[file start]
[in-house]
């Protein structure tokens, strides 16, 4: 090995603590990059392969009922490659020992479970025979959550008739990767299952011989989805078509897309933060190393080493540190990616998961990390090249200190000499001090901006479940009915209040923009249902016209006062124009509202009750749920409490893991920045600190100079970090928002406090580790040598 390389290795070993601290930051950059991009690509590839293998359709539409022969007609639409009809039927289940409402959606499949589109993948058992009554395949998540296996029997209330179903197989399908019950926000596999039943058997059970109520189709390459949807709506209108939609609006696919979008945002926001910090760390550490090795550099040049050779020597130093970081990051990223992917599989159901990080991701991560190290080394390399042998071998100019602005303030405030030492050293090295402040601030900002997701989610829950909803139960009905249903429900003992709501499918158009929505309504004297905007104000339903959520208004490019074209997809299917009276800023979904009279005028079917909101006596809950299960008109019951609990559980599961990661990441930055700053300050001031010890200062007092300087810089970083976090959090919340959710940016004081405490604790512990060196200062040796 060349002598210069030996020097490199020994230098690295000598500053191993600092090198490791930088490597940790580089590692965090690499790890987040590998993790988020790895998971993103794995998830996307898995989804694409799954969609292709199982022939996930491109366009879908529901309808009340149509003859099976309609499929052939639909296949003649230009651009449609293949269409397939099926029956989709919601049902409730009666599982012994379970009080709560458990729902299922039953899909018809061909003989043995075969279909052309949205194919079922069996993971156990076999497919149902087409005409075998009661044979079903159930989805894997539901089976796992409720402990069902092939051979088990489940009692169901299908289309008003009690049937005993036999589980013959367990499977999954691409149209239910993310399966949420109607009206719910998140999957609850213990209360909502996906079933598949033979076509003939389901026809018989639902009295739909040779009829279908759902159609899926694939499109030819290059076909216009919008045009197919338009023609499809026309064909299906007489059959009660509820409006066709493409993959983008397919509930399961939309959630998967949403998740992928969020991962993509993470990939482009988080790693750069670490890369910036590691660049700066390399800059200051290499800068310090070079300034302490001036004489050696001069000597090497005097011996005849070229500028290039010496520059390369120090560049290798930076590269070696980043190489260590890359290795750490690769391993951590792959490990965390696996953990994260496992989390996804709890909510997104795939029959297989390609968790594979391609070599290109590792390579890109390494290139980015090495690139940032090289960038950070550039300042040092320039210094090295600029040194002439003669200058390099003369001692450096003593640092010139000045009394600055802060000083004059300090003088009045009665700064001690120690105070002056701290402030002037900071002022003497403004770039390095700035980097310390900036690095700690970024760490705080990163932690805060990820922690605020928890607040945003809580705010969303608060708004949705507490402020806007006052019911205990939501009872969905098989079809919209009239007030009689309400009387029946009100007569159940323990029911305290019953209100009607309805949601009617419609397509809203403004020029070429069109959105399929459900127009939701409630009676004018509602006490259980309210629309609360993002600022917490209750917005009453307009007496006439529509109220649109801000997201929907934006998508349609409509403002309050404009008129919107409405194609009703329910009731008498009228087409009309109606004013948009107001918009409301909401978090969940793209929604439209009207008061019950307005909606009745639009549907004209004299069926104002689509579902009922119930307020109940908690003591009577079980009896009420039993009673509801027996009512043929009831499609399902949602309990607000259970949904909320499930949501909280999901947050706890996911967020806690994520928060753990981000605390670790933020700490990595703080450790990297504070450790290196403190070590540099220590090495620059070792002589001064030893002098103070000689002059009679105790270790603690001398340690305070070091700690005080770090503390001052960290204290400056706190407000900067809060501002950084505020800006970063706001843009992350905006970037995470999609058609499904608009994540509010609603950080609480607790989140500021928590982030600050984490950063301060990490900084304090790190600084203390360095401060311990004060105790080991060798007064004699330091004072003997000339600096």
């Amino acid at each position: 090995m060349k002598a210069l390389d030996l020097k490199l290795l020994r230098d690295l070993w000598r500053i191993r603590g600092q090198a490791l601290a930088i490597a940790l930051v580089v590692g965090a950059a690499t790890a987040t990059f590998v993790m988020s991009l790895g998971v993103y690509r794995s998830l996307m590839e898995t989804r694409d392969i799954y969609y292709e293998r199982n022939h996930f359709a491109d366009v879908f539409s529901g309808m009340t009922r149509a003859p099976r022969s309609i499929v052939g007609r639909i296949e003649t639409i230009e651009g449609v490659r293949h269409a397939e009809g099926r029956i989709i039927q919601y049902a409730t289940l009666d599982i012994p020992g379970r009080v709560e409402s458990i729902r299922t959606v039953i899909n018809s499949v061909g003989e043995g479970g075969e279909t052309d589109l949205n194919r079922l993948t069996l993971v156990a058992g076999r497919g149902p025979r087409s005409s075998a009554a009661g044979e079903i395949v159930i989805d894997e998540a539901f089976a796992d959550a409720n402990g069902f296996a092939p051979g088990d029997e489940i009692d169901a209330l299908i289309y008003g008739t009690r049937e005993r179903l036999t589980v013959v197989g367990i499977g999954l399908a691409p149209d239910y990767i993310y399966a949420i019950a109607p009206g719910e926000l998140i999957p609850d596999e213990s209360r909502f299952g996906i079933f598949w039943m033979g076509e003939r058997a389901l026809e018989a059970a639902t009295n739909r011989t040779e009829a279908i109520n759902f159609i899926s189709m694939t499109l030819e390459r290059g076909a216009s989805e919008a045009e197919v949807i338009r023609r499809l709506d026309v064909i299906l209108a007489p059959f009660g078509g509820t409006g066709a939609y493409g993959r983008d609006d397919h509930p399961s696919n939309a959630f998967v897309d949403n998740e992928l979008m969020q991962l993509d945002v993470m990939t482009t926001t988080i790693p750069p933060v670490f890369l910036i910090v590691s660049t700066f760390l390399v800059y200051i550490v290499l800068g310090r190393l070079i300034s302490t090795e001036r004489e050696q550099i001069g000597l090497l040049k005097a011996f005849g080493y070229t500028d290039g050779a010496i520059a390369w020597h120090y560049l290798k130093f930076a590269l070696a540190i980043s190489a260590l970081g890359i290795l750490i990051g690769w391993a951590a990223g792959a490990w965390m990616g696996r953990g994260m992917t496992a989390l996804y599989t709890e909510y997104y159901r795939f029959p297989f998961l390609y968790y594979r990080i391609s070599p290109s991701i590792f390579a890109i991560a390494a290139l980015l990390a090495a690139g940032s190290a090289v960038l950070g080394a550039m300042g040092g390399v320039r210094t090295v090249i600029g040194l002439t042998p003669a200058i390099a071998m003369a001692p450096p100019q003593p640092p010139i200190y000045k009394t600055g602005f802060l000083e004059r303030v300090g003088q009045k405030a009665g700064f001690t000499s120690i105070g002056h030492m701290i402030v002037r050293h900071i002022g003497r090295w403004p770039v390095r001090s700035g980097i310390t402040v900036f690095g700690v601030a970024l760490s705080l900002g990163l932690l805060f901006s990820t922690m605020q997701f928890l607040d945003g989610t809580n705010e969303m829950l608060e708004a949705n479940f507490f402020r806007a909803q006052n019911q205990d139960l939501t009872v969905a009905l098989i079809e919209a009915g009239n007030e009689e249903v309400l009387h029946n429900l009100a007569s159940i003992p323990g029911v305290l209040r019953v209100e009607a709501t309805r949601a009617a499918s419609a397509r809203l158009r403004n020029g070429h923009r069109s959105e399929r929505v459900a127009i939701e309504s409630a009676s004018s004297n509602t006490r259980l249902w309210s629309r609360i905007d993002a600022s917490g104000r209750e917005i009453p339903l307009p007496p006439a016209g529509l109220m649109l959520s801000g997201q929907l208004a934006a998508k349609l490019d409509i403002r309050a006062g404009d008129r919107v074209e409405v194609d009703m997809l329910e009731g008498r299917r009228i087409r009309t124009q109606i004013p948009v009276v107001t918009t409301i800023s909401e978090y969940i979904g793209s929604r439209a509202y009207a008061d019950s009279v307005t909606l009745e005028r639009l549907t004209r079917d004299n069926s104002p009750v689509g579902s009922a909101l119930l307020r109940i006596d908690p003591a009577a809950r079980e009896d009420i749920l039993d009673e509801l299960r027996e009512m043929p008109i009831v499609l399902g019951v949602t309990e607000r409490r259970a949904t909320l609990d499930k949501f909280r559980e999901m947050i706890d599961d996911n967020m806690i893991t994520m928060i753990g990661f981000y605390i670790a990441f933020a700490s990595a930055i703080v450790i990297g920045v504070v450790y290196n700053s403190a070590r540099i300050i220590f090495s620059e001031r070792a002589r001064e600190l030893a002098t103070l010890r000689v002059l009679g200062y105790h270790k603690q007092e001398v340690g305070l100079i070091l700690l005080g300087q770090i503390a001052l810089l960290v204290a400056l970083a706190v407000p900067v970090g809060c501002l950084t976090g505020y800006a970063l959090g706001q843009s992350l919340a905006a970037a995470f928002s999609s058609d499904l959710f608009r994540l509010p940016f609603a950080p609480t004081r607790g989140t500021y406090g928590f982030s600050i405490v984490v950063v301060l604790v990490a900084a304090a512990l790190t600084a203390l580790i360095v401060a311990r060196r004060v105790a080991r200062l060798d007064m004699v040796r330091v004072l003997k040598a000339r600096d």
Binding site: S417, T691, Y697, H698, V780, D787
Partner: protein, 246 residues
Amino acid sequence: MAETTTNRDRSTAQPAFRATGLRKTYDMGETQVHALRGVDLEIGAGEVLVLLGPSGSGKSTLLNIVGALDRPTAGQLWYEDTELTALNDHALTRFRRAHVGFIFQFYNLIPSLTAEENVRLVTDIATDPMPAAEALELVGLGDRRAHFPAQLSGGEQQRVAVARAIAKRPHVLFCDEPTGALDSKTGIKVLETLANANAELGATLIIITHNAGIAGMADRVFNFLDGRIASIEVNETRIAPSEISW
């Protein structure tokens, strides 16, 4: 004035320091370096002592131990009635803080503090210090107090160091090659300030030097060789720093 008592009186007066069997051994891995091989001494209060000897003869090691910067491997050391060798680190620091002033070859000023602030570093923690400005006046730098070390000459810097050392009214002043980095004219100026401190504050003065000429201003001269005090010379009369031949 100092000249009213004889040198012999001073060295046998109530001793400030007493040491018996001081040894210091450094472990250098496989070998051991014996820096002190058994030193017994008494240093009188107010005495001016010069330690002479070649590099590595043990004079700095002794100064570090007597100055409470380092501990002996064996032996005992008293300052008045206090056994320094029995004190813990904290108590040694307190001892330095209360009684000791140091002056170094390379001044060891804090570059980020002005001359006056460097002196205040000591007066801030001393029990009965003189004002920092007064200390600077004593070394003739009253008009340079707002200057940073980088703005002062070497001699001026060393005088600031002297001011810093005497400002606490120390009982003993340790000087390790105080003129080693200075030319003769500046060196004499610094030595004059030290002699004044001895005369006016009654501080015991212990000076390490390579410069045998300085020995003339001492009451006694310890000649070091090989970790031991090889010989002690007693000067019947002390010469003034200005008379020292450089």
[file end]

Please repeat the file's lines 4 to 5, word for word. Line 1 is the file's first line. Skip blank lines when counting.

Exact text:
Binding site: S417, T691, Y697, H698, V780, D787
Partner: protein, 246 residues